Saturday, February 14, 2015

March and the Single Heart by Vi Zetterwall Excerpt

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LIFE AT THE INTERSECTION OF LUCK AND LOVE

In a downtrodden and forgotten section of Seattle, Marci Ramirez labors daily toward her secret goal. She has a burden and a pain she carries inside her but she promised herself that nothing will get in the way of achieving her dream; not her crippled leg, not the local gang who threatens her, not the unrequited love she holds for the boy she grew up beside. But promises are sometimes broken and just as a bloody end looms as inescapable, a stranger passes the Coin of Luck her way. Too bad she doesn’t really believe in luck …

This is the third book in Vi Zetterwall's feel-good Single Heart Series. It is a stand-alone story independent of previous or later stories in the series.

Excerpt:

A flashback that Marci Ramirez, the lead character, has about a day seven years ago:

They left the park and walked south back to Rose Street, taking a left when they got there. As they walked, they talked about school and had some good laughs about some of the crazy things they had done or seen there. When they reached halfway past Tenth, Marci pointed out her house. “We live there. The white house with the cyclone fence around it.” They both stopped at the gate. Something special was happening between them. She had never had a one-on-one conversation with a boy this long before. There was something deliciously exciting about it.
Kyle fidgeted a bit. It didn’t seem like there was much more to say. But then he said those simple words that filled her heart with a joy she had never experienced before. Looking back at it, they really weren’t that special, but at that moment, they were a wonderment. “Hey, I didn’t show you my house. C’mon, you got time? I live just over on Elmgrove.”
Yes, yes! I have time. I’d like to know where the future cancer specialist grew up.” She elbowed him playfully in the side. “Then I can tell people I knew you when you were just fourteen like me.”
Kyle laughed. “Actually I’m fifteen. So I am way, way, way older than you.”
Right! She elbowed him again.
Doesn’t matter,” Kyle said, “you’re probably the coolest fourteen year old girl I know.”
Marci laughed, “Just because I can swing the bat, right?” She accepted the additional compliment greedily. Her failure on the diamond was already a distant memory. Now this was the new moment she wanted to live in forever.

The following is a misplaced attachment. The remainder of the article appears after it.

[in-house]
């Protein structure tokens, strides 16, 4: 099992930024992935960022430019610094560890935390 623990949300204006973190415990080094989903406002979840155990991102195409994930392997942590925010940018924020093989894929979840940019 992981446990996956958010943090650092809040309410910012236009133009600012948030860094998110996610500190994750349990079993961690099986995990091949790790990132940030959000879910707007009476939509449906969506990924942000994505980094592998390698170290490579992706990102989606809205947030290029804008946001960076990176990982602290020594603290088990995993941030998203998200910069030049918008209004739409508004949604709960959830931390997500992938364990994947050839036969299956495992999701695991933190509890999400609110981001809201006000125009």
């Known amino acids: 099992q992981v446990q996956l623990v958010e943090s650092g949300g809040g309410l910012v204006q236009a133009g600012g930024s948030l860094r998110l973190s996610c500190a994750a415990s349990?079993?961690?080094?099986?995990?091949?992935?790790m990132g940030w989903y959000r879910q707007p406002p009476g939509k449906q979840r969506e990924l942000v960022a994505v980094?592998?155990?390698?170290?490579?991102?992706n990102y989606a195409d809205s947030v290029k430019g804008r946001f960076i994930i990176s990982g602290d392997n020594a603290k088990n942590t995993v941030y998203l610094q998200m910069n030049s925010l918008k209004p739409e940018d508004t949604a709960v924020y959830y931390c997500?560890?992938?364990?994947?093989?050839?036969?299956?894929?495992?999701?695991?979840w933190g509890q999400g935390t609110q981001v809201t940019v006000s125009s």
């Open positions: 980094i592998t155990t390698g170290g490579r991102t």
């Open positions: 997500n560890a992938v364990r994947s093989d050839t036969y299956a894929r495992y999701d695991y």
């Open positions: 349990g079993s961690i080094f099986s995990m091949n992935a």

Elmgrove was only two blocks north and they were there in no time. They walked half way up the street and there, on the north side, was his home. A very fine two story house, painted yellow, with a wrought iron fence in the front encompassing a small but finely groomed yard with a tree for shade. On the roof were solar panels. Compared to Marci’s house, it looked beautiful. Most of the houses in this neighborhood were run down a bit, but Kyle’s stood out. She complimented him on his abode and tried to suppress the envy she felt. She loved the feelings she had and nothing was going to ruin it for her.
They took the opportunity to sit on a bench on the front porch and talk some more. The fact that he wanted to talk to her more was what excited her the most. She was not a popular person at school. She had no real friends, just acquaintances that were better at tolerating her than others. They talked for forty more minutes about the neighborhood, school and the future. She had never talked to anyone about her own future before and it was exhilarating.
Finally, they both grew a bit quiet and Marci knew the moment was all but over. She stood up and said, “Well, I’d better get back. It must be late and I’m supposed to fix dinner tonight.” Barrio
Kyle, with all his manners, stood as well and said, “Well, it’s been really nice talking to you. You can play on my team anytime. You really can hit the ball!”
Marci beamed. Is that a metaphor? Play on my team anytime? I don’t know, but I like the sound of it.
Thanks, Kyle. I enjoyed talking to you too. Maybe I’ll see you at the park tomorrow…or sometime.”
OK. Or maybe I’ll just come by your house and see if you want to go walking around again.”
Did he just say that? Like a date? Are you kidding me?
Her stomach was churning but she composed herself and simply replied, “Cool. That’d be fun.”
As she turned to leave his porch, he asked one more question. “Marci, you never told me. What happened to your leg?”
No one had ever asked her that before. It seemed most kids pretended not to notice. Usually they pretended so hard that she became uncomfortable around them. But Kyle seemed very different. She liked that he put it right out there.
Oh, I had a bad fall when I was a kid. About four. It didn’t heal right and I had to start wearing a brace to give my leg enough strength to help hold me up. “
Wow. Does it hurt?”
Every minute of every day.
She shook her head. “Nah. I’ve gotten used to it. My mom bought me a new brace last year and it fits better and doesn’t hurt as much as the other two did. I guess I’ll have to get maybe one more and then I probably won’t outgrow the next one. It’s no big deal, really.”
Kyle smiled that great smile of his. “That’s good. I mean, it wouldn’t be good to go walking if every step hurt.”
Marci smiled back. “It doesn’t hurt at all,” she lied again.
I’ll go anywhere with you.




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